That's all I can come up with at the time. Most of it is probably rendered moot due to a strong WPA2 key + login password, but again, it can only help not hurt so why not spend a minute and just do it?
     
    Last edited: Jul 22, 2011
  4. J_L

    J_L Registered Member

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    Keeping Windows Firewall enabled can help in security, especially with Advanced settings (outbound control). Routers aren't perfect, and may have holes. You can use different firewall settings on each computer. Also, it barely uses any resources and has no compatibility issues with hardware firewalls.
     
  5. Spooony

    Spooony Registered Member

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    Use WPA-PSK mode with a random key. Don’t use words in the dictionary or a variation of them because they can easily be cracked.
    "MAC filtering" and "SSID" are the two of the biggest myths in wireless LAN security.
     
  6. Mike6080919395

    Mike6080919395 Registered Member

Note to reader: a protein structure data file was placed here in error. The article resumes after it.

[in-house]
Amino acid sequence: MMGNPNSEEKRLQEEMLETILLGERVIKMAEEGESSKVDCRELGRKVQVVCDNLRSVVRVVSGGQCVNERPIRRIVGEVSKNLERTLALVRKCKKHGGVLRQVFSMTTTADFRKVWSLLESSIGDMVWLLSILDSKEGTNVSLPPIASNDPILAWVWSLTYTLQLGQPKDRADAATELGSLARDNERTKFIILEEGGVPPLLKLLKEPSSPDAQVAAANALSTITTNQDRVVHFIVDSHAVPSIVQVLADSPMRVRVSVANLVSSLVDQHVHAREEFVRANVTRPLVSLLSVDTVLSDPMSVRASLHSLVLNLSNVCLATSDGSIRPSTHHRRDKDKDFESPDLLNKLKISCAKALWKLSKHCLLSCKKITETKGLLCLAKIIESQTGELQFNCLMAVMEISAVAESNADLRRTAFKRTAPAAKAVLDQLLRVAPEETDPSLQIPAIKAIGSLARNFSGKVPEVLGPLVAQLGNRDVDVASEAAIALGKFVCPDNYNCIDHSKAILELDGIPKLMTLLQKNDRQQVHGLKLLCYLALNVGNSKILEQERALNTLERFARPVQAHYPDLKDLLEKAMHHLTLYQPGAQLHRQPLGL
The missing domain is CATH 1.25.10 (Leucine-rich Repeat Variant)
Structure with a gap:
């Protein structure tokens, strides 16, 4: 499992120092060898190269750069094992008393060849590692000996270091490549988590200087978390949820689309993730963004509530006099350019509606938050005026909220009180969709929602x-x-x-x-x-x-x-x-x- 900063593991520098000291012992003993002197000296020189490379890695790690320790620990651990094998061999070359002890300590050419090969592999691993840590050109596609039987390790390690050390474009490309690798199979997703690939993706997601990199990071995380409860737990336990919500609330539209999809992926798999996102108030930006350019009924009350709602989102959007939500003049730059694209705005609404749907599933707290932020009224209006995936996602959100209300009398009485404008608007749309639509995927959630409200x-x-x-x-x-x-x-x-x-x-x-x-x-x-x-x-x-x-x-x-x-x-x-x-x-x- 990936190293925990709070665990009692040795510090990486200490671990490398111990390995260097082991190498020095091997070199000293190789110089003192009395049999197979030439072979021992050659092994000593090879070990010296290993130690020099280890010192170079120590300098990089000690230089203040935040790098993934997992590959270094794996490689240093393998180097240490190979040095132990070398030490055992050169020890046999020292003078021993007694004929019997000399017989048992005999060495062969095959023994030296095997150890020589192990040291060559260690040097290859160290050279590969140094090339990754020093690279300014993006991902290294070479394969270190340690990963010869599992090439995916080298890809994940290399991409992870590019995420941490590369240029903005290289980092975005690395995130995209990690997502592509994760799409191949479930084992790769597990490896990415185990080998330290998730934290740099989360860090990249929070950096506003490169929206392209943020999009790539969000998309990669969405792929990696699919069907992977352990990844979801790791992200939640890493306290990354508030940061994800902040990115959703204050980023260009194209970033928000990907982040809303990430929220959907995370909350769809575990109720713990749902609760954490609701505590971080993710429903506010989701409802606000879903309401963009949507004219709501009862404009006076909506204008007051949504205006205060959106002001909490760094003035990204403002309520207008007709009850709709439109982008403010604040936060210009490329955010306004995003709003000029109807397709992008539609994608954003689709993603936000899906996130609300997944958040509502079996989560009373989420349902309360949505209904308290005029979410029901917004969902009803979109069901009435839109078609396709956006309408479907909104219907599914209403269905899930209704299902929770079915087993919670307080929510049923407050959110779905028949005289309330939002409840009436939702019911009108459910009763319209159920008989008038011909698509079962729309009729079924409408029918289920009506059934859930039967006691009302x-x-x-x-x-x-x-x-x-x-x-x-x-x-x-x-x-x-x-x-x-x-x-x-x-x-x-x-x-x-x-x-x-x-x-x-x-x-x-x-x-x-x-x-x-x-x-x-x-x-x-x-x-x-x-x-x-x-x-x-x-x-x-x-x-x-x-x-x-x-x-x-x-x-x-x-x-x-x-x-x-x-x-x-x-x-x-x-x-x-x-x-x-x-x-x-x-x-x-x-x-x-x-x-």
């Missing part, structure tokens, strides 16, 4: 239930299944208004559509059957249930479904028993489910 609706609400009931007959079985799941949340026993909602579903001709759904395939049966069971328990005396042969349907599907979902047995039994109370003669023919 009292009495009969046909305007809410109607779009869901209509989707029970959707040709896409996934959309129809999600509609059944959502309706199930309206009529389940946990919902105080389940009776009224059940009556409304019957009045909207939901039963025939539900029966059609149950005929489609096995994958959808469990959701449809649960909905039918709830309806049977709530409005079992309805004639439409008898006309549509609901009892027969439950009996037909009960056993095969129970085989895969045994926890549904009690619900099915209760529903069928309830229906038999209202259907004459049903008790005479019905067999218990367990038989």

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    Thank you so much for all of the help. I do have a few more questions though mainly concerning windows 7 advanced control specificly for MBAM and Avast Free

    What are the rules that I should setup if I am using MBAM and Avast while windows 7 firewall is in block all mode for anything without rules. It seems like avast has alot of executables in the primary avast folder. I'm not sure which require a rule and which of them don't. I don't want to open uneccessary ports or programs as that would leave my system open.

    Finally I have a question on passcodes:
    I normally just use a random password generator about 8 characters, which I have been told is pretty secure. Is alot of characters really needed when it comes to routers and wifi? How fast can someone break thru a completely random passcode created thru a random password generator using 8 characters.